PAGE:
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Rapid Reload, known in Japan as Gunners Heaven (ガンナーズヘヴン), is a run and gun video game developed by Media.Vision and published by Sony Computer Entertainment for the PlayStation in both Japan and Europe in 1995. The game was re-released on the PlayStation Network in Japan in 2007 and in Asia in 2010.

Rapid Reload
Rapid Reload.jpg
European cover art
Publisher(s)Sony Computer Entertainment
Producer(s)Shigeo Maruyama
Teruhisa Tokunaka
Takashi Fukushima
Designer(s)Toshiyuki Miyata
Akira Sato
Yukio Nagasaki
Artist(s)Yukihiko Itō
Keizō Shimizu
Composer(s)Kazuhiko Toyama
Platform(s)PlayStation, PlayStation Network
  • JP: April 28, 1995[1]
  • EU: September 29, 1995
PlayStation Network
Genre(s)Run and gun



The gameplay of Rapid Reload is often compared to the Treasure game Gunstar Heroes.[4][5][6][7] The players choose to play as either male character Axel or female character Ruka through the game's six levels.

The player can switch between four different weapons with a normal machine pistol, flamethrower, homing laser, and multi-directional cannons. The characters each have their own set of four weapons, totaling the weapons in the game to eight. Also available is a grappling hook that will latch onto any wall or ceiling. The player cannot be harmed while the player uses the hook. The player can also aim their weapons in any direction by holding R2 on the controller. The player can also throw their enemies in any direction, similar to how players Red and Blue can in Gunstar Heroes.

The unique feature in Rapid Reload/Gunners Heaven is the point system. Points will be dropped after the player destroys enemies. When the player collects these items, the counter on the top screen with rise and eventually will count down. As the player collects more points, their shots from the weapons will become more powerful than the ordinary shots. Occasionally, the player will find a booster item that will temporarily increase the player's weapon strength to unbelievable heights, making the player annihilate through any enemy easily. Unfortunately, the timer is unforgiving, and the player will have a very short time using the booster item.

The game has six stages and during the stages, there is one or two sub-bosses and the one true boss.


Upon hearing the legend of the treasure known as the Valkiry, treasure hunters Axel Sonics (voiced by Kazuki Yao) and Ruka Hetfield (voiced by Noriko Hidaka) embark on an adventurous quest to find the legendary stone. However, unknown to Axel and Ruka at the start, there is also a terrorist organization known as the Pumpkin Heads searching for the Valkiry, determined to use the stone for world domination.

In a race to reach the stone first, Axel and Ruka fight their way through the Pumpkin Heads' army of elite soldiers along several locations, destroying each of the three top captains and eventually reaching their hideout, where they confront the Master, who already has the Valkiry in her possession. Using the Valkiry to power herself, the Master engages Axel and Ruka in a decisive, final battle, but is eventually destroyed and the Valkiry is freed.

The ending differs for each character: if Axel defeats the Master, he is joined by Ruka, who in her excitement takes the Valkiry and runs off, with the weary Axel only barely managing to keep up with her; if Ruka defeats the Master, she accidentally drops the Valkiry and it shatters, and in her frustration, she vows never to hunt for treasure again, although a caption mentions that she eventually stayed in the business with Axel.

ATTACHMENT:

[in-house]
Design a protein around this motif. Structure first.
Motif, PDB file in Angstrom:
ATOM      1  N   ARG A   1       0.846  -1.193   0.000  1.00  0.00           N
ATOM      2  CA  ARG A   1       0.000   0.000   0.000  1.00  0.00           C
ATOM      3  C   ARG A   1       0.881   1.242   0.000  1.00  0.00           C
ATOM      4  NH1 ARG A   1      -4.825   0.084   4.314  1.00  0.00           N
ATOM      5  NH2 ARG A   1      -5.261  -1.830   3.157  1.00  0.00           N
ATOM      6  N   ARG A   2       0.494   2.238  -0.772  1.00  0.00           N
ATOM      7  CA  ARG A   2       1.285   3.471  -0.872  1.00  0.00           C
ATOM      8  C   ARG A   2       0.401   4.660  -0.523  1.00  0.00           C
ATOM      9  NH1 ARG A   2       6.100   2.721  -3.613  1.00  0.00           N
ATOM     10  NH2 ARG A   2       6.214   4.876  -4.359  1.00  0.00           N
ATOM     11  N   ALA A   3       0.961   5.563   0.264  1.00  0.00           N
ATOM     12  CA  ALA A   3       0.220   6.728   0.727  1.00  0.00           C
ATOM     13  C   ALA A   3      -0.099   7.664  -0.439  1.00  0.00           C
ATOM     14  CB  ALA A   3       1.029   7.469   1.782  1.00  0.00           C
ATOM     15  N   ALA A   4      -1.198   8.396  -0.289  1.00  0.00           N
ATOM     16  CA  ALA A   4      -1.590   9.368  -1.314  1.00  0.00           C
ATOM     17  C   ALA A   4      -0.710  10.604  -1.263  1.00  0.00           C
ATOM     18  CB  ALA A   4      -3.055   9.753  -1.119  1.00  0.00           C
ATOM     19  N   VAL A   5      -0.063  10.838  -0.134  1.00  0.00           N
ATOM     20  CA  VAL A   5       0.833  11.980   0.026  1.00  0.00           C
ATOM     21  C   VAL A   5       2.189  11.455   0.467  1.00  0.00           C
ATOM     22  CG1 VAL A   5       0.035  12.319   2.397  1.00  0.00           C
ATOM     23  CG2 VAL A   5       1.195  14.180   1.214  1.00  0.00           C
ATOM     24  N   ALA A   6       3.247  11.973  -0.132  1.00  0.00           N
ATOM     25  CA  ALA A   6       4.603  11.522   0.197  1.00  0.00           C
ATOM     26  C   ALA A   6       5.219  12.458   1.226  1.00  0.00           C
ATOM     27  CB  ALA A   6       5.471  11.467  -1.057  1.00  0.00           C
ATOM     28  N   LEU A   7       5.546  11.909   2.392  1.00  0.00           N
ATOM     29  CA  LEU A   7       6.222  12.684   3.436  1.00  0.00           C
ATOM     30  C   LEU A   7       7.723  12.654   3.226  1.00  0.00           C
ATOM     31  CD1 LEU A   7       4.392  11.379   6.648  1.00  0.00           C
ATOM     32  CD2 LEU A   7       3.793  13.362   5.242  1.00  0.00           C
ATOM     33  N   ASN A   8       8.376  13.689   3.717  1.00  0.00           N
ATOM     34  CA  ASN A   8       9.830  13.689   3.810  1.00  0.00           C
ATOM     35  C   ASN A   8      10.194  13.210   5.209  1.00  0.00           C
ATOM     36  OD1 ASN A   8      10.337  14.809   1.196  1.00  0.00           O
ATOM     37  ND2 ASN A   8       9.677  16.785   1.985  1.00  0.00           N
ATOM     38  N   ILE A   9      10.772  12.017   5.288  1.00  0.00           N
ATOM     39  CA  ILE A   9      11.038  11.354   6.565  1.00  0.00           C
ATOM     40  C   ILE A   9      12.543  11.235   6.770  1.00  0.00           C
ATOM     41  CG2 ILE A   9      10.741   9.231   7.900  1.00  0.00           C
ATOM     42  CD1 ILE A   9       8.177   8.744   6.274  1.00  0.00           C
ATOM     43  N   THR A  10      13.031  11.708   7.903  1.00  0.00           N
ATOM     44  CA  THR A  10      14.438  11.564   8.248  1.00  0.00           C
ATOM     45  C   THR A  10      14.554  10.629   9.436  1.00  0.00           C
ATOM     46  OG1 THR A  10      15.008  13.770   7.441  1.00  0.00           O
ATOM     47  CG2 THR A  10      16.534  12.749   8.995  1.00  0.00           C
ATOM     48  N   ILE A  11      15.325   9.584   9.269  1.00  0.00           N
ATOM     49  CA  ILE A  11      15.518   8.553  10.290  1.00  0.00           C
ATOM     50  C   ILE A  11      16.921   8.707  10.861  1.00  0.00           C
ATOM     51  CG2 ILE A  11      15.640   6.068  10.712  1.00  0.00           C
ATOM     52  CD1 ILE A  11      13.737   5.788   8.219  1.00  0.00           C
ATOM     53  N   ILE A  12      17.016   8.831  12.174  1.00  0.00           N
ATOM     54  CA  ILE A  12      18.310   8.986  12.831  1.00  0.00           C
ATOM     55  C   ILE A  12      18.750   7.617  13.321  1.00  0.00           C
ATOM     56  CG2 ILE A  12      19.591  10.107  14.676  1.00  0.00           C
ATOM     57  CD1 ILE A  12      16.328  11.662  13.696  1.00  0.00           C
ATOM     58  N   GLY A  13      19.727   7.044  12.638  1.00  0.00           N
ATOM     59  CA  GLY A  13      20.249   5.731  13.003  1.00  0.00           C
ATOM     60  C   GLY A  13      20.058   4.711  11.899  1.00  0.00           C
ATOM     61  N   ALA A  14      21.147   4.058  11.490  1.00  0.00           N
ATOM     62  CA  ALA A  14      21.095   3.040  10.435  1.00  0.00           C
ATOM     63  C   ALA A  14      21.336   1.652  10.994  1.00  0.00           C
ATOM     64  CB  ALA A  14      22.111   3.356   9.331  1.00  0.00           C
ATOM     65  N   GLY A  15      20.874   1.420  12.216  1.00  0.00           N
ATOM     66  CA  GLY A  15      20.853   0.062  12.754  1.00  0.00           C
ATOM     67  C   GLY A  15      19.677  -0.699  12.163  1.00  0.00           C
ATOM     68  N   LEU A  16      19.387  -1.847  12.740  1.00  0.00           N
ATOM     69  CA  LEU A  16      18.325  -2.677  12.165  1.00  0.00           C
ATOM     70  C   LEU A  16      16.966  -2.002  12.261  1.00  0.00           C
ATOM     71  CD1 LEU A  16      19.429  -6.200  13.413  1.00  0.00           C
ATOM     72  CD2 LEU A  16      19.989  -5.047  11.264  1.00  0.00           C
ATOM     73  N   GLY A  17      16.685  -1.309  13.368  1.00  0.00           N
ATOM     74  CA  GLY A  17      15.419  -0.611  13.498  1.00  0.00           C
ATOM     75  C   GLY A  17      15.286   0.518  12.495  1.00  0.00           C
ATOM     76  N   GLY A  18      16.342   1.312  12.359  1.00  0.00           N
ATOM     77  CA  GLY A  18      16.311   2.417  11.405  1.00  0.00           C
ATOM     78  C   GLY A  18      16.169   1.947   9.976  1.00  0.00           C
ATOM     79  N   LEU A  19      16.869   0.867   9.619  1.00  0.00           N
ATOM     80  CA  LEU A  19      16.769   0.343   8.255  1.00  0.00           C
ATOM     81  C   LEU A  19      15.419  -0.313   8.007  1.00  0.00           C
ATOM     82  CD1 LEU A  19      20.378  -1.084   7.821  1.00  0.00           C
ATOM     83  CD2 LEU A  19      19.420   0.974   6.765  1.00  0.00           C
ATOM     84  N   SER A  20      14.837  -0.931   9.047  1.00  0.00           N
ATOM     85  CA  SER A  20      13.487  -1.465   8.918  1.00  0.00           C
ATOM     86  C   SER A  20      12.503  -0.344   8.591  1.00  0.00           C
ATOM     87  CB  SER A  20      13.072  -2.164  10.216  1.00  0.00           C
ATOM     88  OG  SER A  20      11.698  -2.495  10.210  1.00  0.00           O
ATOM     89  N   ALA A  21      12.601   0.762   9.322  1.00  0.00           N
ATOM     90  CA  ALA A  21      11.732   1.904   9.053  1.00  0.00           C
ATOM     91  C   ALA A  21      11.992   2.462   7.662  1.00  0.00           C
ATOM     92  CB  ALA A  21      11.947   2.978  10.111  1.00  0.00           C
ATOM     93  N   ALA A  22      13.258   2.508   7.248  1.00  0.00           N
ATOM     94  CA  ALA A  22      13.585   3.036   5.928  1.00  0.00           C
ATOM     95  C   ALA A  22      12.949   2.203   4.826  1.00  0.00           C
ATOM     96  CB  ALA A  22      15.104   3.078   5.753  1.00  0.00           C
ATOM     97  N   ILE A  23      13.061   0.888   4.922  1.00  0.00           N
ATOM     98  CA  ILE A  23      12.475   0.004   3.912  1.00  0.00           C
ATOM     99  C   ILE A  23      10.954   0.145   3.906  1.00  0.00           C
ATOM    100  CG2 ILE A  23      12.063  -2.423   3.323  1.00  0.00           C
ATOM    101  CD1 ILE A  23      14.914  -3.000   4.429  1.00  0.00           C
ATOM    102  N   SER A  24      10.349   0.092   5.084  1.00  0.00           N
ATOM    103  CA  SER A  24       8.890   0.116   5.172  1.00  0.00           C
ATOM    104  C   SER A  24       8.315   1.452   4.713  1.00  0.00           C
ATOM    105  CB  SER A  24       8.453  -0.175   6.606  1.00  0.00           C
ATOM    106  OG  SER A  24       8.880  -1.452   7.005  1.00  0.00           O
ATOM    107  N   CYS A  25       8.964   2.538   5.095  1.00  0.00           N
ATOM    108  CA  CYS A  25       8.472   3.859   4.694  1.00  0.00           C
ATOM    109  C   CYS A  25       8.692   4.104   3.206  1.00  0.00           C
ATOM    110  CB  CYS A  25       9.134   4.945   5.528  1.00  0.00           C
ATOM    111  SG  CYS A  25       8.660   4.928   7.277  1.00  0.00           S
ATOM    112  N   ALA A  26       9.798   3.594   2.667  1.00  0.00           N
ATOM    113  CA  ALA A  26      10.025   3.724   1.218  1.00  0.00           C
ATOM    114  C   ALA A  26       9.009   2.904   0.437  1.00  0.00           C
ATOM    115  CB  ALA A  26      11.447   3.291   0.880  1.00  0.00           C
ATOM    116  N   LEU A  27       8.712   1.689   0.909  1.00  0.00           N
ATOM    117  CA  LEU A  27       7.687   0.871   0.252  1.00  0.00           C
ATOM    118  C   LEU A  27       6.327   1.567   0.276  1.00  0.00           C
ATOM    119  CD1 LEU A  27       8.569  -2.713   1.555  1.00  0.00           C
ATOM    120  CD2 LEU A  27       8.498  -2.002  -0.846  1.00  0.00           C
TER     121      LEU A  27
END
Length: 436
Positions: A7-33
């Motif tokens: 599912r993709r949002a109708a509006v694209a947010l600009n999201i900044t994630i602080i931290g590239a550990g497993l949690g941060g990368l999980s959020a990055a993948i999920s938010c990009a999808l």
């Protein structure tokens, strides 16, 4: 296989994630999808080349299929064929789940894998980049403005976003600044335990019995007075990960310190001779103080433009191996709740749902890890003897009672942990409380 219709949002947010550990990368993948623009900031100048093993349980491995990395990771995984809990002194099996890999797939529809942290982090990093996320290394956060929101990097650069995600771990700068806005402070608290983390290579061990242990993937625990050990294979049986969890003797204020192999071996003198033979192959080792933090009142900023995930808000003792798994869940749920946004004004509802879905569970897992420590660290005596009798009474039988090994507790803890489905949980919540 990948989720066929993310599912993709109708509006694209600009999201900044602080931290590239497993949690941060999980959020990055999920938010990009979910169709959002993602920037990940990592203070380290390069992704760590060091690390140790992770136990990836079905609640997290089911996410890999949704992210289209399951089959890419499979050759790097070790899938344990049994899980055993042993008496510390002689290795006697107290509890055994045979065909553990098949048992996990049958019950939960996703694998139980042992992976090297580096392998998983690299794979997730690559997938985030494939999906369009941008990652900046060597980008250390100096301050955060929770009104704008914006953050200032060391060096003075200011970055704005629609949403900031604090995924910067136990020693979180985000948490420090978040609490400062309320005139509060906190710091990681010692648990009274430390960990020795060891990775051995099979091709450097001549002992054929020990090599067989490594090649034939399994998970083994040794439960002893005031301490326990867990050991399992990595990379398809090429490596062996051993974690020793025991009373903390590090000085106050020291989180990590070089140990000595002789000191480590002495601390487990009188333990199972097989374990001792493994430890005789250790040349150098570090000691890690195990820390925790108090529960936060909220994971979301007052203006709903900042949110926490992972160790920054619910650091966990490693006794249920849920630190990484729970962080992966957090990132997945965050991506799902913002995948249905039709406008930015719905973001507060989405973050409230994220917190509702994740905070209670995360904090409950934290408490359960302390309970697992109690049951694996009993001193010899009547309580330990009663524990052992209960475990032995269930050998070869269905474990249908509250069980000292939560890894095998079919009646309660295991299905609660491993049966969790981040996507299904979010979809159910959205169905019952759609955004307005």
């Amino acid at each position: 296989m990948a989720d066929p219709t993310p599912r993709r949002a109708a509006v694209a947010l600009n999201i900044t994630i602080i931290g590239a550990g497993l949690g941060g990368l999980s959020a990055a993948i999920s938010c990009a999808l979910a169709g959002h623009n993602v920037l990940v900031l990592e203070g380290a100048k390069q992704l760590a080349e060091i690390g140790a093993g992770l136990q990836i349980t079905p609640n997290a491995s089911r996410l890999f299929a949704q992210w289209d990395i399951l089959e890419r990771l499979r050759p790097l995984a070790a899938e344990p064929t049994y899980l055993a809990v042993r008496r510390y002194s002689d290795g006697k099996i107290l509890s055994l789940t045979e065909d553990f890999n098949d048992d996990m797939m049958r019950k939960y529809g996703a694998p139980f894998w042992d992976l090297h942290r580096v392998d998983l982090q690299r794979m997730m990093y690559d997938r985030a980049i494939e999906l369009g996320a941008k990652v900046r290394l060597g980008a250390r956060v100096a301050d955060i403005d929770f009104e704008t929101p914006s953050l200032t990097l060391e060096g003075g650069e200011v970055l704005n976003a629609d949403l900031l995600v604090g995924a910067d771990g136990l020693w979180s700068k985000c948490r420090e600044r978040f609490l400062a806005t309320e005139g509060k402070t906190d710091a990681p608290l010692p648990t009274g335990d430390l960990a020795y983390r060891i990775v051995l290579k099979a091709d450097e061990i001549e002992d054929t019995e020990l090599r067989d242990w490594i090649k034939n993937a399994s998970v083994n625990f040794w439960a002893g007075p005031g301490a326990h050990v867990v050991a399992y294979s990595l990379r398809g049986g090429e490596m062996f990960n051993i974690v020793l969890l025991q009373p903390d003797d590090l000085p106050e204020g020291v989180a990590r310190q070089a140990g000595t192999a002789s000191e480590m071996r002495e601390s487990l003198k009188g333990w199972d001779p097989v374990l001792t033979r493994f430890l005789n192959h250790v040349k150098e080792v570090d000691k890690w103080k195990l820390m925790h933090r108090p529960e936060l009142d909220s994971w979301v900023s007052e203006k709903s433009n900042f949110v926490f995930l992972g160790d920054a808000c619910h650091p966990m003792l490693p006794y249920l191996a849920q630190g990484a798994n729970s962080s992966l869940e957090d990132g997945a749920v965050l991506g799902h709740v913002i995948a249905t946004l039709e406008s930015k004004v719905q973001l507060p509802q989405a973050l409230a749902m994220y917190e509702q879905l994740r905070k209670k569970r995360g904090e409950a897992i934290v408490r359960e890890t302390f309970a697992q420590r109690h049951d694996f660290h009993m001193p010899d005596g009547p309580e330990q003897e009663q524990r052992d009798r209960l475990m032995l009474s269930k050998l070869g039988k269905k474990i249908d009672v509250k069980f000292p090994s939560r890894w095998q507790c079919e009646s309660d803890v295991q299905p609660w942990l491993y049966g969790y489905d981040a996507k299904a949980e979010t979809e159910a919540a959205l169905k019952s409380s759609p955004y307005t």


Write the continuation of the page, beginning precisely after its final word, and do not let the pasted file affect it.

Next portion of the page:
Rapid Reload was released in Europe and Japan but not in North America, due to Sony Computer Entertainment America's policy against releasing 2D games for the PlayStation.[8]


On release, Famicom Tsūshin scored the PlayStation version of Gunners Heaven a 26 out of 40.[9] The same version also received a 27 out of 40 from Famitsu PS.[10] Maximum described the game as an extremely poor clone of Gunstar Heroes, elaborating that "The movement of the sprites, the enormity of the bosses, the ingenuity of the gameplay - in every respect the lowly 16-bit Sega title trounces this game. Rapid Reload doesn't even feature the simultaneous two-player mode of Gunstar ..." They also criticized the sloppy PAL conversion, and scored the game two out of five stars.[7]

American magazine Next Generation reviewed the Japanese version of the game as an import, rating it four stars out of five, and stated that "Aside from hand cramps sure to come from mashing the fire button for three straight hours, it would be extremely difficult not to enjoy playing Gunner's Heaven."[11]


  1. ^ Media.Vision staff. "ガンナーズヘヴン GUNNERS HEAVEN" (in Japanese). Media.Vision. Retrieved April 10, 2012.
  2. ^ Gantayat, Anoop (March 29, 2007). "Gunners Heaven Joins the Archive". IGN. Retrieved April 10, 2012.
  3. ^ Sony staff. "Gunners Heaven®". Sony Computer Entertainment. Retrieved April 10, 2012.
  4. ^ IGN staff (April 29, 2009). "Hidden Japanese Gems". IGN. Retrieved April 10, 2012.
  5. ^ Paris, Jeremy & Kennedy, Sam (June 27, 2007). "Retronauts Presents: Contra Retro Roundup". Ziff Davis. Retrieved April 10, 2012.
  6. ^ Campbell, Stuart. "Hidden Treasures: The mysterious story of Gunner's Heaven". World of Stuart. Retrieved April 10, 2012.
  7. ^ a b "Rapid Reload". Maximum: The Video Game Magazine. No. 1. Emap International Limited. October 1995. p. 151.
  8. ^ "Every PlayStation Game Played, Reviewed, and Rated". Next Generation. No. 25. Imagine Media. January 1997. p. 58.
  9. ^ NEW GAMES CROSS REVIEW: ガンナーズヘヴン. Weekly Famicom Tsūshin. No.333. Pg.32. 5 May 1995.
  10. ^ PlayStation New Games Cross Review: ガンナーズヘヴン. PlayStation Tsūshin. No.2. Pg.19. 5 May 1995.
  11. ^ "Finals". Next Generation. No. 8. Imagine Media. August 1995. p. 68.

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